I really dislike the process of trying to land an agent. Everything I’ve seen says you should lead off a query by referencing some connection with the agent, even if it’s just that your book will appeal to fans of their client x. Everything I’ve read says to approach agents who represent authors who have the same style as you. In my case, I read very little fiction. I truly don’t know what authors write the same kinds of books I’ve written. And I have zero connections with any agent other than the one I queried (with whom I had a remote relationship). On the other hand I’ve read the success stories of authors who were rejected hundreds of times before someone accepted their future best-seller. Persistence is definitely required! Good luck to you going forward. Maybe I’ll send out some more queries too. If I could only figure out who to send them to…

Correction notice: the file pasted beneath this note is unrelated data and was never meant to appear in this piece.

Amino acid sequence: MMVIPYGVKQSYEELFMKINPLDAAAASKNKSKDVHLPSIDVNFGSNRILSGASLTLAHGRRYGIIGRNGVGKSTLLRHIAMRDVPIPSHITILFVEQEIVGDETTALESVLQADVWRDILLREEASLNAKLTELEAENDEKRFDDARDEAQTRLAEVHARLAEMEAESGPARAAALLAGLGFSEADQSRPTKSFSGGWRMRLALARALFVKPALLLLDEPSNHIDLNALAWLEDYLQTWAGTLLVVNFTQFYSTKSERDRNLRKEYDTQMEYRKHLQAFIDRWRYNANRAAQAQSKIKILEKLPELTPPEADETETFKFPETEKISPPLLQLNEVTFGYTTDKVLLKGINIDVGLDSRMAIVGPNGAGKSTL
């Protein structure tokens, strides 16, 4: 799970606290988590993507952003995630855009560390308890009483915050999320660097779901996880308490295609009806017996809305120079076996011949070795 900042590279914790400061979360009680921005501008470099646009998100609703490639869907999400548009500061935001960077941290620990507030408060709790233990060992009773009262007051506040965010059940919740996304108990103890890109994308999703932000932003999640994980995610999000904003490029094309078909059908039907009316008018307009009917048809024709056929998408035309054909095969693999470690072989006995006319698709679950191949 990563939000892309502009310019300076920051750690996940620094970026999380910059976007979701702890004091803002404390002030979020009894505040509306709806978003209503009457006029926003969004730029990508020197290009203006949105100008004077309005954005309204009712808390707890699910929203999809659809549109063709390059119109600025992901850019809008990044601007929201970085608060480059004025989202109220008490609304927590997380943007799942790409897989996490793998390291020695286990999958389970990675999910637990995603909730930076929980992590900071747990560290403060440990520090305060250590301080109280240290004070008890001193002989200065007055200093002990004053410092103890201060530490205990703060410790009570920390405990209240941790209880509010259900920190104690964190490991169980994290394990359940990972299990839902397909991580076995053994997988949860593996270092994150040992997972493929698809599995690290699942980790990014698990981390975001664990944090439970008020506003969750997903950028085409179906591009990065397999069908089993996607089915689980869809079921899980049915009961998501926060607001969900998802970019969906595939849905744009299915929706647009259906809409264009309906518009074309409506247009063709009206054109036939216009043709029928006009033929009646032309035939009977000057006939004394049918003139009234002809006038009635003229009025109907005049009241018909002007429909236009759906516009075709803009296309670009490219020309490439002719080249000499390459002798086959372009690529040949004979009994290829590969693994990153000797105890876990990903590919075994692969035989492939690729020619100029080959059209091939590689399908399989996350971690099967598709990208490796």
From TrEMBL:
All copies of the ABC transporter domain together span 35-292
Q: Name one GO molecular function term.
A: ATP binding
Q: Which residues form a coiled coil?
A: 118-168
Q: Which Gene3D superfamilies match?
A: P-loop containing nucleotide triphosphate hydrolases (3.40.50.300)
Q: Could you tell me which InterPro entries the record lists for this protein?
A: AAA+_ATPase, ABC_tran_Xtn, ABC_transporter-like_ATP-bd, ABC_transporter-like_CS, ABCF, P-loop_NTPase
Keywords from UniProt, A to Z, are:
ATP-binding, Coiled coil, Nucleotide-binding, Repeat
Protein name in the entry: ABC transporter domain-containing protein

Liked by 1 person

  5. avwalters says:

    Here, there is some cache to “local writers,” so much so that it’d be a shame to use a format that precludes being in local bookstores. Especially if there is tourism in your area, you’d want to keep that venue available.

    Self-publishing has never been easier. Or more confusing. It’s like cable tv, too many channels. I use Lightning Source (essentially Ingram.) I understand that since I published my books, they have started an imprint for indie writers (Spark?)

    Create Space has a hammer lock–through Amazon–and you can also publish ebooks on their forum–but has the limitation for local bookstores.

    Some authors I know swear by Book Baby–which does charge upfront (but not after that). I’d check with bookstores to see if they have the same angst with Book Baby.